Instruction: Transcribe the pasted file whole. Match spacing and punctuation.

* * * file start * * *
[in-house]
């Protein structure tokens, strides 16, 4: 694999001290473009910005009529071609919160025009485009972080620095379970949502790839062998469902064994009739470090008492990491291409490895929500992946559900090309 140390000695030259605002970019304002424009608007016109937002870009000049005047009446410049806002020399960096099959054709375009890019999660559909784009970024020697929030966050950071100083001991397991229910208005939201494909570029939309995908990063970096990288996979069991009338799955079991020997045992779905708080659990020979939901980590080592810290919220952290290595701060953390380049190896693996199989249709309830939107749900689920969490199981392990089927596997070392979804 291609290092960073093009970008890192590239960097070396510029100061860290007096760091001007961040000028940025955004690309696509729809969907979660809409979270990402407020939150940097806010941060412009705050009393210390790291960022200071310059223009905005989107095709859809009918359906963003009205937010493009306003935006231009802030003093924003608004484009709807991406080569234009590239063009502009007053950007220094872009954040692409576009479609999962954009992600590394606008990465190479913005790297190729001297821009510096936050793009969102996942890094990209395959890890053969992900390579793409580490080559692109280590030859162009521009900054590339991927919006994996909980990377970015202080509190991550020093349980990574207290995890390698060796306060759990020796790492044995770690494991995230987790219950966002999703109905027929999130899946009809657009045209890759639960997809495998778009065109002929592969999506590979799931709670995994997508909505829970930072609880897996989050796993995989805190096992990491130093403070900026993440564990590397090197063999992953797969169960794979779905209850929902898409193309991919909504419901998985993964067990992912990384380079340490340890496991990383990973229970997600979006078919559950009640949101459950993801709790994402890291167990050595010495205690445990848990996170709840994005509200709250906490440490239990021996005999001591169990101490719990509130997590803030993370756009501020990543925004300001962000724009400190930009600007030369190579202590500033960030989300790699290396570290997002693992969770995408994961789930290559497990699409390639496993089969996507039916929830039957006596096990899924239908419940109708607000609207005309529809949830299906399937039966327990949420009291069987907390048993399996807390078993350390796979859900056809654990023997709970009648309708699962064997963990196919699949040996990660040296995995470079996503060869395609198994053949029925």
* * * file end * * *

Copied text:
[in-house]
């Protein structure tokens, strides 16, 4: 694999001290473009910005009529071609919160025009485009972080620095379970949502790839062998469902064994009739470090008492990491291409490895929500992946559900090309 140390000695030259605002970019304002424009608007016109937002870009000049005047009446410049806002020399960096099959054709375009890019999660559909784009970024020697929030966050950071100083001991397991229910208005939201494909570029939309995908990063970096990288996979069991009338799955079991020997045992779905708080659990020979939901980590080592810290919220952290290595701060953390380049190896693996199989249709309830939107749900689920969490199981392990089927596997070392979804 291609290092960073093009970008890192590239960097070396510029100061860290007096760091001007961040000028940025955004690309696509729809969907979660809409979270990402407020939150940097806010941060412009705050009393210390790291960022200071310059223009905005989107095709859809009918359906963003009205937010493009306003935006231009802030003093924003608004484009709807991406080569234009590239063009502009007053950007220094872009954040692409576009479609999962954009992600590394606008990465190479913005790297190729001297821009510096936050793009969102996942890094990209395959890890053969992900390579793409580490080559692109280590030859162009521009900054590339991927919006994996909980990377970015202080509190991550020093349980990574207290995890390698060796306060759990020796790492044995770690494991995230987790219950966002999703109905027929999130899946009809657009045209890759639960997809495998778009065109002929592969999506590979799931709670995994997508909505829970930072609880897996989050796993995989805190096992990491130093403070900026993440564990590397090197063999992953797969169960794979779905209850929902898409193309991919909504419901998985993964067990992912990384380079340490340890496991990383990973229970997600979006078919559950009640949101459950993801709790994402890291167990050595010495205690445990848990996170709840994005509200709250906490440490239990021996005999001591169990101490719990509130997590803030993370756009501020990543925004300001962000724009400190930009600007030369190579202590500033960030989300790699290396570290997002693992969770995408994961789930290559497990699409390639496993089969996507039916929830039957006596096990899924239908419940109708607000609207005309529809949830299906399937039966327990949420009291069987907390048993399996807390078993350390796979859900056809654990023997709970009648309708699962064997963990196919699949040996990660040296995995470079996503060869395609198994053949029925």